** Update: 13/06/2020 @ 13:23 UTC – details of Air Italy employee status amended. **
Italy’s Transport Minister has put forward the suggestion that a merger between Air Italy and Alitalia could be on the cards in the future. Speaking on June 12th about the future of Italy’s aviation sector, Paola De Micheli shared that if it is willing, Alitalia might absorb some of the assets of liquidated Air Italy.
Alitalia could take Air Italy assets
It was back on February 11th that Air Italy met its fate by liquidation. The Sardinian airline, which only began operations in 2018, ceased flying earlier this year after its owners were unable to secure a high enough investment to save it. While there was talk of Qatar Airways upping its 49% stake to rescue the airline, ultimately, the conversation has now shifted.
According to the Italian newspaper Olbia, government ministers yesterday met with Air Italy unions and representatives of Sardinia and Lombardy to discuss the airline. During the talks, Transport and Infrastructure Minister Paola De Micheli made a statement regarding the absorption of assets from Air Italy. According to ANSA, she said that in developing the new Alitalia, stakeholders could look at a “possible integration of some Air Italy assets.”
De Micheli continued to say that the decision would be up to Alitalia. It’s a possibility, but if it does not fit the new strategy, it might not be a reality. So, what are the assets?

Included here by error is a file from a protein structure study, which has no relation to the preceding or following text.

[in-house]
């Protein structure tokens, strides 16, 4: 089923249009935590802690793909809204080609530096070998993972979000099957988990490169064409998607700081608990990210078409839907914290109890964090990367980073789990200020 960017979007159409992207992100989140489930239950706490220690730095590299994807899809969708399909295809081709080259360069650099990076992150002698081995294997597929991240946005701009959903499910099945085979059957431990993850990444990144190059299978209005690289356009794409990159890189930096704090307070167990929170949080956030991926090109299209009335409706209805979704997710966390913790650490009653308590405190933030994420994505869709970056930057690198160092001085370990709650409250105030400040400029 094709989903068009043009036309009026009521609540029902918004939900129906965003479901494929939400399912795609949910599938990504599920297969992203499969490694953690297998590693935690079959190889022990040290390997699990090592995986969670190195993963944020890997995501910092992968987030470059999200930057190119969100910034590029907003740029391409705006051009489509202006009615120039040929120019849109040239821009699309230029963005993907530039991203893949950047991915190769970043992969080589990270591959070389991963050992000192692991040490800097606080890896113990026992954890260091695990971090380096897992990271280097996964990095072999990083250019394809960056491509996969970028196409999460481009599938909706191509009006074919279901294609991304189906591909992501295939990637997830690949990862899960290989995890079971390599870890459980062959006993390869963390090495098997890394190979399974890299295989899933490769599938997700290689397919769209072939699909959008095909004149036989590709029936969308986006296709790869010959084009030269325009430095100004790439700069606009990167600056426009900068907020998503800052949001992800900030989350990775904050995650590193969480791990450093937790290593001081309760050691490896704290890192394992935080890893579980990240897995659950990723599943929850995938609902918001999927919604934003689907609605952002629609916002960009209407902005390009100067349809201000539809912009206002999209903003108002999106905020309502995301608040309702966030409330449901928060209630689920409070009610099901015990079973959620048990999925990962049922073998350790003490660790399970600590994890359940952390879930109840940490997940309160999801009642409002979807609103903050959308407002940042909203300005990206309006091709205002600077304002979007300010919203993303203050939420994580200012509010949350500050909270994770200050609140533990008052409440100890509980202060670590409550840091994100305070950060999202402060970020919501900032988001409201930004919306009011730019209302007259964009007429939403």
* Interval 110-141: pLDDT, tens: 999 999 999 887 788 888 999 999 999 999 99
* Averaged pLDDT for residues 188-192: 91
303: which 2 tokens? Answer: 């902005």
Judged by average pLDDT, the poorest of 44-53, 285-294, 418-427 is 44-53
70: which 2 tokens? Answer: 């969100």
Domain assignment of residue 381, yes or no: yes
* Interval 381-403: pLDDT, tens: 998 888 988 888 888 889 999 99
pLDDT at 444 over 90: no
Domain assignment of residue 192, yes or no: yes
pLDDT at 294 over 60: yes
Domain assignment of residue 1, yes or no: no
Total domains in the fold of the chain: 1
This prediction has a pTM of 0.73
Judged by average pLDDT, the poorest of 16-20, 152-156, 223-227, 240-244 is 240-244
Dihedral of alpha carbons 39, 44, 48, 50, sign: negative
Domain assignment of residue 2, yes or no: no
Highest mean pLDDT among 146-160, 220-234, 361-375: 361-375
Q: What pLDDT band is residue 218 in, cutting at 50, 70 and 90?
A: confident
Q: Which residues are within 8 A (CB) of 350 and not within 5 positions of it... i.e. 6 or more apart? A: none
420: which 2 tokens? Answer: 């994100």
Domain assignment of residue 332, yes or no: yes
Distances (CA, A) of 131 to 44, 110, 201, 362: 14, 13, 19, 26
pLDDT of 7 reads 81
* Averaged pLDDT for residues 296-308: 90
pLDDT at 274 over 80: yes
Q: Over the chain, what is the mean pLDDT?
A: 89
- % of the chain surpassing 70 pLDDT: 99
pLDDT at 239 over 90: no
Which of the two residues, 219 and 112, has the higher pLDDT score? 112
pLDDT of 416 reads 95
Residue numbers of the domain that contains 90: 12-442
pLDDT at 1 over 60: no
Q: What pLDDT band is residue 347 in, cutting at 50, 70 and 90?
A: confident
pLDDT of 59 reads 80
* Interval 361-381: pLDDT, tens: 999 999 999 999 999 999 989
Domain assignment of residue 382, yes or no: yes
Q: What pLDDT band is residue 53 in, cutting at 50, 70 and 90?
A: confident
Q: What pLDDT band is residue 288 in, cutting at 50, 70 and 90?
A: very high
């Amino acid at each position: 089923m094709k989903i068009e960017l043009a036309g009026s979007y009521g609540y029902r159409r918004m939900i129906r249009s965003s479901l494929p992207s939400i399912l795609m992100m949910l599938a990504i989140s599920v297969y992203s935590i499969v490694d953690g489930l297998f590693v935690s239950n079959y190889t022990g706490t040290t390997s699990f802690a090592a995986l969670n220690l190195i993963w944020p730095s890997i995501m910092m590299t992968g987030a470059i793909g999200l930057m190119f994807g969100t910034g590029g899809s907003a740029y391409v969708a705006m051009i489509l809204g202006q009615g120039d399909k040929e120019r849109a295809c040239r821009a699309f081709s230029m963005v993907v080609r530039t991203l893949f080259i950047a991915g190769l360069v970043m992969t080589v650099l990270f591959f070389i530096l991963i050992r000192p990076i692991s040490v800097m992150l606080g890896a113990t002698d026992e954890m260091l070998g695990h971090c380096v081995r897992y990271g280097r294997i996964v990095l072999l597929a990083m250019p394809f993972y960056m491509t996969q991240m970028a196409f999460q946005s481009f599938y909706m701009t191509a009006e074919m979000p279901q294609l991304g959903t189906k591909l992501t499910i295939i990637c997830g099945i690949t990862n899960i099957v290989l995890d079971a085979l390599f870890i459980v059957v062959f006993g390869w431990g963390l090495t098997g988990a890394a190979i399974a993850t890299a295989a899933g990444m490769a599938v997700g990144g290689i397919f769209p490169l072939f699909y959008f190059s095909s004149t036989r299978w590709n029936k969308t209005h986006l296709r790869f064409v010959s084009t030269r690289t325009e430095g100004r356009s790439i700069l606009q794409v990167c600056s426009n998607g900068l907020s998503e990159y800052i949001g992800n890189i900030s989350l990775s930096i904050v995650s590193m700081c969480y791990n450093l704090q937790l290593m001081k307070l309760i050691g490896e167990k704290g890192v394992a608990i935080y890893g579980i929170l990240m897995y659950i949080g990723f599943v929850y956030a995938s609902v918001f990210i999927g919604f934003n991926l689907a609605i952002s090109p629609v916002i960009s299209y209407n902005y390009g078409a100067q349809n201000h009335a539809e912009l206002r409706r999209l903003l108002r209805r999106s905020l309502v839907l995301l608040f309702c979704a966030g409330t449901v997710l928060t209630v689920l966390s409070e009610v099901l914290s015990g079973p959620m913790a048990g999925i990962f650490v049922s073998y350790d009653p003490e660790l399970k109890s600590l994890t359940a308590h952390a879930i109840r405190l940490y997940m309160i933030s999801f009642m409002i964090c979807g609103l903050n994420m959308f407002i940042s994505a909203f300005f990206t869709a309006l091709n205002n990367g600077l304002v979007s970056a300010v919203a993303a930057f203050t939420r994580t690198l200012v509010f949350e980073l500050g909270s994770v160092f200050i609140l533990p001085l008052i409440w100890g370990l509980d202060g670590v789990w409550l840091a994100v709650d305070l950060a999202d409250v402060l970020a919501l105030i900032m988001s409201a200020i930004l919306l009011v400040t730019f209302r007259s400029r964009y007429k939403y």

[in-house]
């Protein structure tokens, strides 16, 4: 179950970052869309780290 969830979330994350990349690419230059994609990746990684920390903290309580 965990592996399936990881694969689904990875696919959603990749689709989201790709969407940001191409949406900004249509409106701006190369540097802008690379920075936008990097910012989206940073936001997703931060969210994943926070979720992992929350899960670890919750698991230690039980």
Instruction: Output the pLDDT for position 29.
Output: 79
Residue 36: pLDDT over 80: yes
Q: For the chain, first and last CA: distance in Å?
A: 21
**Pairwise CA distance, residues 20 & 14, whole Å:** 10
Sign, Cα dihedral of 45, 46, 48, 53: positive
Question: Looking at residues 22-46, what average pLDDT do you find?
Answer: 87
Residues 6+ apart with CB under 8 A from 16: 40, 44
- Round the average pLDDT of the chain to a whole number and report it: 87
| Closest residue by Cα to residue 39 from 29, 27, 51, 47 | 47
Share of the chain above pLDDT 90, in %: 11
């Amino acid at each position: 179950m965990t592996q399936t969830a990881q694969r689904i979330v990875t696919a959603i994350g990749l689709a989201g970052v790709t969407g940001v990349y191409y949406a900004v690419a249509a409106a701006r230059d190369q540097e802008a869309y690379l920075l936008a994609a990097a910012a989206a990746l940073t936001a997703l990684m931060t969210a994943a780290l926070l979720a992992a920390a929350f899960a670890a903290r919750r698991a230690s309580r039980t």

What assets could Alitalia take?
Interestingly, there are no aircraft to discuss when it comes to Air Italy’s assets. Leased Air Italy aircraft have since been returned to their lessors. Also, Qatar Airways has reclaimed the planes that it had shared with the airline.
Instead, Air Italy has divided its wealth into two packages. The first contains valuable operational assets such as airport slots, traffic rights, and Air Operator Certificates. The other is for maintenance.
Despite the lack of much-needed aircraft, the packages may still seem attractive to Alitalia. The idea of a merger was first floated back in April by Salvatore Deidda, a member of the Italian Chamber of Deputies. Back then, the rationale was the same as today: merging would create a more reliable Italian airline.
That line of thinking has now become particularly relevant during this challenging time for the aviation industry. If Alitalia seeks to compete again with other international airlines and do it better than before, it will need to be in an incredibly strong position. That means taking all the help it can get to take the edge off the competition.
Will it be the make or break of the new Alitalia?
These new package deals from Air Italy certainly holds some promise for the future. However, will they be enough? Some of the main criticisms of the old Alitalia were the outdated aircraft and excessive workforce. It’s already apparent that there will be no new aircraft coming from Air Italy, but what about its staff?
Ministers are expected to reconvene to discuss the fate of some 1,450 Air Italy employees that may suffer due to the airline’s liquidation. Though there is hope that some of them may keep their positions within Italian aviation, it would be unwise to re-employ them all.
That said, one of Alitalia’s glaring flaws has nothing to do with its physical assets. It’s to do with the brand. If the Italian carrier is not the first choice for travelers to Italy, then Alitalia needs to do a lot to raise its profile. Additional airport slots will help, but it’s going to need to prove that it has the financial viability to survive during this difficult time.
Do you think Air Italy’s assets will benefit Alitalia? Have your say in the comments.